SGAs/BSUs Nationwide Encouraged To adopt “Civic Engagement” Campaigns – GDN Exclusive Vol II, Part XIIby Cash Michaels, GDN Contributing Writer April 22, 2019
Having verified great interest at historically black colleges and universities (HBCUs) across North Carolina, “A Call to Colors,” the Greater Diversity News’ (GDN) student civic engagement campaign promoting nonpartisan voter registration, education and mobilization, is set to spread nationwide in the coming year leading up to the crucial 2020 elections.
The widespread interest was verified through direct surveys with both Student Government Associations (SGAs) and National Historically Black Colleges and Universities (HBCUs) Alumni Associations. Articles highlighting the positive attitudes of HBCU students and graduates are archived online at http://greaterdiversity.com/call-to-colors/
- Carnell Robinson, one of the originators of the “A Call to Colors” campaign, says that all HBCU Student Government Associations (SGAs), and Black Student Unions (BSUs) on majority college and university campuses across the nation, should be mindful of the importance of effective civic engagement. The afore referenced articles point to an unspoken consensus that todays’ students are desperately needed to complete the unfinished business of the 60’s Civil Rights movement.
“One of the things that will empower our community is massive voter participation and civic engagement,” Robinson, a former chair of the NC Black Leadership Caucus, told GDN. “We have got to increase our numbers.”
Robinson says doing so will fulfill the promise of the 1960s civil rights movement, and the drive for voting rights. After the 2016 presidential election, Robinson said when a subsequent survey found that 70% of eligible 18-29 year-olds did not vote, “…it was a wake-up call. There must be some effort to pass the Civil Rights torch to this new generation. They have got to take the lead, and civic engagement is the way to do it.”
Black students on college campuses must be encouraged to become civically engaged not just during election cycles, but working for the issues important to the African-American community year-round. They can do this through standing campus “A Call to Colors,” civic engagement, committees, which, in turn, can make voting part of the social community fabric.
Students should volunteer 8, 16, even 24 hours or more of civic engagement per election cycle.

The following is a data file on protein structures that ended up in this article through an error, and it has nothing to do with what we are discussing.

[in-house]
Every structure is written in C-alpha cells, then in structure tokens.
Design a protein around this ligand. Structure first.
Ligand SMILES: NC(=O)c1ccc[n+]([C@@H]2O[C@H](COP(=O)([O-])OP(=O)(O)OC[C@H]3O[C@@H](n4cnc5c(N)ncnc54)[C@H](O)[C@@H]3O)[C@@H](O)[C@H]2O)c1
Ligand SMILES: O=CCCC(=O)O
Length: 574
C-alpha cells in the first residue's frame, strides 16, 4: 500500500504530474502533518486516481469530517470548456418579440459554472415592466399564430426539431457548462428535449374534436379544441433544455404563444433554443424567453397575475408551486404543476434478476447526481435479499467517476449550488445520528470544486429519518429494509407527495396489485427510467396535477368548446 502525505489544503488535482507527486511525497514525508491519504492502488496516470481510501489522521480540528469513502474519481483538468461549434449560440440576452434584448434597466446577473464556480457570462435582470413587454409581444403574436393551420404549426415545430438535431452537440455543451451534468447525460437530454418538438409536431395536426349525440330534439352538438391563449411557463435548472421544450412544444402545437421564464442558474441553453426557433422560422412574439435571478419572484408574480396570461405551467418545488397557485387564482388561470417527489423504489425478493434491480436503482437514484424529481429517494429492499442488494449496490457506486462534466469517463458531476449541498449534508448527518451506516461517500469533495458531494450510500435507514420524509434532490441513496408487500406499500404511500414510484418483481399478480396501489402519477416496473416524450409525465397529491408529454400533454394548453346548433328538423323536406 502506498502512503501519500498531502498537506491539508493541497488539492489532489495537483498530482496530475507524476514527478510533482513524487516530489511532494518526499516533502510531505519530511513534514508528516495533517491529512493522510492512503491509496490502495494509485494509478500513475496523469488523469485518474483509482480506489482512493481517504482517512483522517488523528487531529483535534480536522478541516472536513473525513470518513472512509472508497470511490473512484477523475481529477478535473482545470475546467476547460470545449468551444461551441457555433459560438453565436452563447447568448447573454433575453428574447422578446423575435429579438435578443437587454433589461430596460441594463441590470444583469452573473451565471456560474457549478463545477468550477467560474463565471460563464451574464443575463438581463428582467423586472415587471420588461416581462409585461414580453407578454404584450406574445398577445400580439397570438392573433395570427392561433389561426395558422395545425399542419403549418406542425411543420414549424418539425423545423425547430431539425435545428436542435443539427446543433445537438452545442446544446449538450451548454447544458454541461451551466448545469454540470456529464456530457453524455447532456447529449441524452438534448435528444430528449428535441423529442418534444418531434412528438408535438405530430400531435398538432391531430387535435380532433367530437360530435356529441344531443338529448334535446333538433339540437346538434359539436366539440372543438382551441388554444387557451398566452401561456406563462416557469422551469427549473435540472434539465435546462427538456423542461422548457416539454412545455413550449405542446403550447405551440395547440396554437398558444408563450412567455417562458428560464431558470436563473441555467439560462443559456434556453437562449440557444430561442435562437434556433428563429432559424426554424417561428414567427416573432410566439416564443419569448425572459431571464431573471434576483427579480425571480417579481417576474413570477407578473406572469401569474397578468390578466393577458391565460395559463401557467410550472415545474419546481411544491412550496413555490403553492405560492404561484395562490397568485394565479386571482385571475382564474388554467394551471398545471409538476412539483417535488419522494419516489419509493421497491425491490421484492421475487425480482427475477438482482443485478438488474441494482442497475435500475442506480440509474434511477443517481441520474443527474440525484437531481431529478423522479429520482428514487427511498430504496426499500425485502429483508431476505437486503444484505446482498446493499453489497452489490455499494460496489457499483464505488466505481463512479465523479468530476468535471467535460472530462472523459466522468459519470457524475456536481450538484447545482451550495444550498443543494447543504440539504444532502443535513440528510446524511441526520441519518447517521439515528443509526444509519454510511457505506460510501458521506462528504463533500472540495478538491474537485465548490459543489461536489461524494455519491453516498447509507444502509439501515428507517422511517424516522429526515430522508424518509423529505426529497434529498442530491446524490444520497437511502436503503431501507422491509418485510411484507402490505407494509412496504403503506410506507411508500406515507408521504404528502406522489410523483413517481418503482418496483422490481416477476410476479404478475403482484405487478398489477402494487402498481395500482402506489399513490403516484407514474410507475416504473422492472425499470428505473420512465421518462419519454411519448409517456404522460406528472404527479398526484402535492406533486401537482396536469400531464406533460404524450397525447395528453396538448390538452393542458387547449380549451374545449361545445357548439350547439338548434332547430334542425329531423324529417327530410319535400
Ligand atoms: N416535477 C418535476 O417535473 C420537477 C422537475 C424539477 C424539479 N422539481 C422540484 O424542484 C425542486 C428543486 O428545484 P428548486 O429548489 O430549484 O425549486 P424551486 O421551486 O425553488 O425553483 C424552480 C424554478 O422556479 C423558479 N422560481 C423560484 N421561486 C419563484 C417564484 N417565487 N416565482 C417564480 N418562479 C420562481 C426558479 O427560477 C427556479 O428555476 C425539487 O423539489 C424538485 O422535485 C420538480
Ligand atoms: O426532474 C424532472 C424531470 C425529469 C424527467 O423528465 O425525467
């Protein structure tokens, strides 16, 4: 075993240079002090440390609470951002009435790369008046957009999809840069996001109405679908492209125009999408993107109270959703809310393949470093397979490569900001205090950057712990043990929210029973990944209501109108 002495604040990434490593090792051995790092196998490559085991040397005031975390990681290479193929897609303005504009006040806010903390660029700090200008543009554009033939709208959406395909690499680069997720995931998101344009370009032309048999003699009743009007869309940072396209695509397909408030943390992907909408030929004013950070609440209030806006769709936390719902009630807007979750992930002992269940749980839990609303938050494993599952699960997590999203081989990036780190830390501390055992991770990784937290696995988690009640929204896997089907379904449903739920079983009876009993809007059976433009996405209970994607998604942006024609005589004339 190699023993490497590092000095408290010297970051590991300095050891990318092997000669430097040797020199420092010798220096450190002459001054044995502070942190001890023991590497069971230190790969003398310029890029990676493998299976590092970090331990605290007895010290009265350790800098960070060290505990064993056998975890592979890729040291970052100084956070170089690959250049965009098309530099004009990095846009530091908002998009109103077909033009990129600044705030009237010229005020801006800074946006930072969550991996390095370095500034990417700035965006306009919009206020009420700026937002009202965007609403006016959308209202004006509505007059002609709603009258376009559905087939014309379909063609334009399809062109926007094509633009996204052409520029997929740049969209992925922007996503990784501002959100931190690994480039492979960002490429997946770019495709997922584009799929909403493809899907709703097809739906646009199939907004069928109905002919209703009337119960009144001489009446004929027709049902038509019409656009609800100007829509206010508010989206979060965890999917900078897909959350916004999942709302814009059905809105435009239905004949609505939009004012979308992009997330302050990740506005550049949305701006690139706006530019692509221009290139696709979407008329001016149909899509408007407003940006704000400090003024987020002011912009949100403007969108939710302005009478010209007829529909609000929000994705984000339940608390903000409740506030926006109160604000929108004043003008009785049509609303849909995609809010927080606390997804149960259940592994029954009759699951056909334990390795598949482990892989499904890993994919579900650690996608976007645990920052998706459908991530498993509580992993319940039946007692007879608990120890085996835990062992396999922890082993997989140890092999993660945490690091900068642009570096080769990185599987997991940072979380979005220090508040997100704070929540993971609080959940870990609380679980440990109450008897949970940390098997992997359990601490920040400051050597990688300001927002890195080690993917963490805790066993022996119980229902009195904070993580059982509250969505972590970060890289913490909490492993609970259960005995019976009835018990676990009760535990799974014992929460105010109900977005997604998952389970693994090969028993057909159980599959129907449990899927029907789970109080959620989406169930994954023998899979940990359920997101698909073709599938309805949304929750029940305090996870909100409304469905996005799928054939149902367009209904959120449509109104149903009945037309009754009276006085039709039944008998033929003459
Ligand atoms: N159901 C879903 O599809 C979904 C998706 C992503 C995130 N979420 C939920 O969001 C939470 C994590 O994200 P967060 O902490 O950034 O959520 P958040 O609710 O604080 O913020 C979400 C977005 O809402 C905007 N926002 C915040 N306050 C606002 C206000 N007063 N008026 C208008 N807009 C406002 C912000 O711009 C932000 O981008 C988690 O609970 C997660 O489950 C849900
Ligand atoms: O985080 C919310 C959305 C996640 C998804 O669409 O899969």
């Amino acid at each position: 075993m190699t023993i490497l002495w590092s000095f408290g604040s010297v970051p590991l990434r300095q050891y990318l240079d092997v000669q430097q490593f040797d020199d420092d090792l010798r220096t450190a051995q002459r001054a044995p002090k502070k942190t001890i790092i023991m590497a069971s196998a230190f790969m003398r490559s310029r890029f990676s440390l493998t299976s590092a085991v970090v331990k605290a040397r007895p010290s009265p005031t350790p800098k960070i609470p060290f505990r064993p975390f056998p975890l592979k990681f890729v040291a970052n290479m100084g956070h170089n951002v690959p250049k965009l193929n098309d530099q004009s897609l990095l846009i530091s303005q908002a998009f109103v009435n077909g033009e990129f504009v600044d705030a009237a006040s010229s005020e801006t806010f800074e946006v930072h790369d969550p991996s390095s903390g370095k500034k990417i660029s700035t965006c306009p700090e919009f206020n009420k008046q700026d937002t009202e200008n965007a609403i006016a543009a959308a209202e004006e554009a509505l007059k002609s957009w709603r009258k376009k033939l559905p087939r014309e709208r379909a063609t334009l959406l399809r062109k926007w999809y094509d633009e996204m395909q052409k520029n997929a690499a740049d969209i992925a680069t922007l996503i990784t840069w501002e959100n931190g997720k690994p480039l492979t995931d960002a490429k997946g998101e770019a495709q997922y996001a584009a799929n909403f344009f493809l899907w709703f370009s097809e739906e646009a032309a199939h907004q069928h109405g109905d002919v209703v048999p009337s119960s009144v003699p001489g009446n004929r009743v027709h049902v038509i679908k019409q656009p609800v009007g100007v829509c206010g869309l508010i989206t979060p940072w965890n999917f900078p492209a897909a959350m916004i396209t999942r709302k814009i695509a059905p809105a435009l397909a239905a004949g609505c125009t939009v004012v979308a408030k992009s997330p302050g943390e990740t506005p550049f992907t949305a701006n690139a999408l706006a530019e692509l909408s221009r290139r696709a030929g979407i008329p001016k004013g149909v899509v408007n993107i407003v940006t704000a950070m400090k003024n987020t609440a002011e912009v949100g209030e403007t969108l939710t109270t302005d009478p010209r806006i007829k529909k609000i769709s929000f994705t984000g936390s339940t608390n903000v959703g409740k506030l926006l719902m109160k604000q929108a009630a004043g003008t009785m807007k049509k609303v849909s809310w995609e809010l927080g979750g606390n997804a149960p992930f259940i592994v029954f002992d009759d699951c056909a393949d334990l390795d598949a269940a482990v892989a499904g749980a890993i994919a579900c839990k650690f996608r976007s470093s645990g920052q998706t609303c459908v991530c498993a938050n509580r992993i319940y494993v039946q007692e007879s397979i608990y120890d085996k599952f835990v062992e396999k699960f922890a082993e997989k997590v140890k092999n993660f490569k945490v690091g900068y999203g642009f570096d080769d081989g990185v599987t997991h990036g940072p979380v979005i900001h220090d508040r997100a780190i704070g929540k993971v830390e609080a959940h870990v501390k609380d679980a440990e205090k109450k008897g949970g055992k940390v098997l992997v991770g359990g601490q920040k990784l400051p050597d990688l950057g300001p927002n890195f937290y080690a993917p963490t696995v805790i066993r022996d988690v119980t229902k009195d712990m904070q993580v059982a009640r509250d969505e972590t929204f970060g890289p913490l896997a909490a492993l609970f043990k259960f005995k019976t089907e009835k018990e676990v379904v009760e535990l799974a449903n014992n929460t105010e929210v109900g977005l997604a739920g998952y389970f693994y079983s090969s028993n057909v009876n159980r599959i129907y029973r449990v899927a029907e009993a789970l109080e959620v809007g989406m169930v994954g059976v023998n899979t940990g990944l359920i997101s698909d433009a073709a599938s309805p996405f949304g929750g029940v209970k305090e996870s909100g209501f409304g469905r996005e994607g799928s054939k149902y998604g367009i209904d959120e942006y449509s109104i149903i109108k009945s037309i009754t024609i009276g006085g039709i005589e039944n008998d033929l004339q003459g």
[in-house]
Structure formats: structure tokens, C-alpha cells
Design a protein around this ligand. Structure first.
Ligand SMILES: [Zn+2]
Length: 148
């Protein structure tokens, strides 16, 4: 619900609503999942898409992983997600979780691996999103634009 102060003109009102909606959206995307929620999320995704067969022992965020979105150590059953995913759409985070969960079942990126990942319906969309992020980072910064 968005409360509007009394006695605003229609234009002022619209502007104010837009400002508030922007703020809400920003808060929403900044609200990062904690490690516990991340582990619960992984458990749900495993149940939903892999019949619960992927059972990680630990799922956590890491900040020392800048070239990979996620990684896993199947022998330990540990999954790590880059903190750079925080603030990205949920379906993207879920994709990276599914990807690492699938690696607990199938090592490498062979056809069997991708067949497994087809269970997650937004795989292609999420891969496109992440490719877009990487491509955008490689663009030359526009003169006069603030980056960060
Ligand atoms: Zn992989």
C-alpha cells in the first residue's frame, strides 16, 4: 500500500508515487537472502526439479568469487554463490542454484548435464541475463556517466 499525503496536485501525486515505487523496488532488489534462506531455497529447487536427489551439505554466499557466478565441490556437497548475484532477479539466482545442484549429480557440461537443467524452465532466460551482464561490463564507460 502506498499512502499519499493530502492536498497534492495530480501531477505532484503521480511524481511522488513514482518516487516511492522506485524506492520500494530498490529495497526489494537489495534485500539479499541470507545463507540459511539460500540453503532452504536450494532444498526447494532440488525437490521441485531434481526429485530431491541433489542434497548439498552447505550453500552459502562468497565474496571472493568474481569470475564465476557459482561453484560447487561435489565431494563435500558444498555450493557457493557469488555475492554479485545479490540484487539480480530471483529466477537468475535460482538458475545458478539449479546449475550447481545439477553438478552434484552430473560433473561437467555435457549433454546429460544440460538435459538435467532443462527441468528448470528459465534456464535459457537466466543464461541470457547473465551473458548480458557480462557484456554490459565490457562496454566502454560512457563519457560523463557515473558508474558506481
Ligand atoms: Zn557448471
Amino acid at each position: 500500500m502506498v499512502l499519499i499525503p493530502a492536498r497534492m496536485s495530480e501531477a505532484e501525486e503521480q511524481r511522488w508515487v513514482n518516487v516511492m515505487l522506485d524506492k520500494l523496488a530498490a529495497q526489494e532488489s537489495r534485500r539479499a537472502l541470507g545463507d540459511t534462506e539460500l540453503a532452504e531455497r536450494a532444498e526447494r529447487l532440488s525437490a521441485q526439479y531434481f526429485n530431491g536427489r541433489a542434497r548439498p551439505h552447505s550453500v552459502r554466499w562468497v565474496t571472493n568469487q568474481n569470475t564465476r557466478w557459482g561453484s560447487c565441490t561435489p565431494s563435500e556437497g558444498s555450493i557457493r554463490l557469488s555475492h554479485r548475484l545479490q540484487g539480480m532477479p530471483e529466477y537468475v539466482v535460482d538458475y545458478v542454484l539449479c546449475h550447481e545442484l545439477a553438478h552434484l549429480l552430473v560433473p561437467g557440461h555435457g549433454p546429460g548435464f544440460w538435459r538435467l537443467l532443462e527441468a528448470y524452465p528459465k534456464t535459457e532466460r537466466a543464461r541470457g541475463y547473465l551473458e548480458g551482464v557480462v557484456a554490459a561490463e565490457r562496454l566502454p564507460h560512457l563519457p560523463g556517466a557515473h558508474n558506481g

As a part of national voter mobilization, GDN is highlighting initiatives that it believes should be models to be replicated as is or modified and replicated to fit individual or organizational differences. One such model is the civic (voter) engagement plan of the North Carolina Central University (NCCU) National Alumni Association. GDN has covered it in a past article that is posted on its website. Other recommended models highlighted on our website are the Alpha Phi Alpha civic engagement plan and the Pit County HBCU Coalition.
Coming soon is an article highlighting the Eastern North Carolina Civic Group’s (ENCCG) recently adopted “A Call to Colors” voter mobilization plan for community-based organizations.
In many of the voter mobilization plans reviewed by GDN, the NAACP is identified as the go to nonprofit to collaborate with. I recommend the 8, 16, 24 volunteer hours or more strategy as a means of uniting all individual and organizations engaged in voter mobilization.
GDN surveys of college students revealed strong student commitments to civic engagement, but very little support from graduate Greeks and HBCU members. The NCCU Model could easily remedy this deficiency.
Because of the need to understand the 400-year arc of Black exploitation, including current voter suppression, GDN recommends The Third Reconstruction, book and video, by Bishop William Barber.
The student pledge of volunteer hours should also be taken by churches, other HBCU Alumni Associations, civic and community organizations, and individuals. Pledge hours through an established nonpartisan organization like the NAACP, enables all voter mobilization activities to be coordinated and thereby much more strategic than freelance activities.
Other models include The Pitt County HBCU Coalition, Alpha Phi Alpha voter mobilization and ENCCG voter mobilization plan.
Among other things, GDN recommends that all HBCU SGAs and Black Student Unions (BSUs) incorporate the following in their efforts:
- Standing civic engagement/A Call to Colors committees for SGAs and Black Student Unions (BSUs)
- Earn up to 200 hours/4 years credit for civic engagement
- Do outreach to Greeks, other student organizations and other schools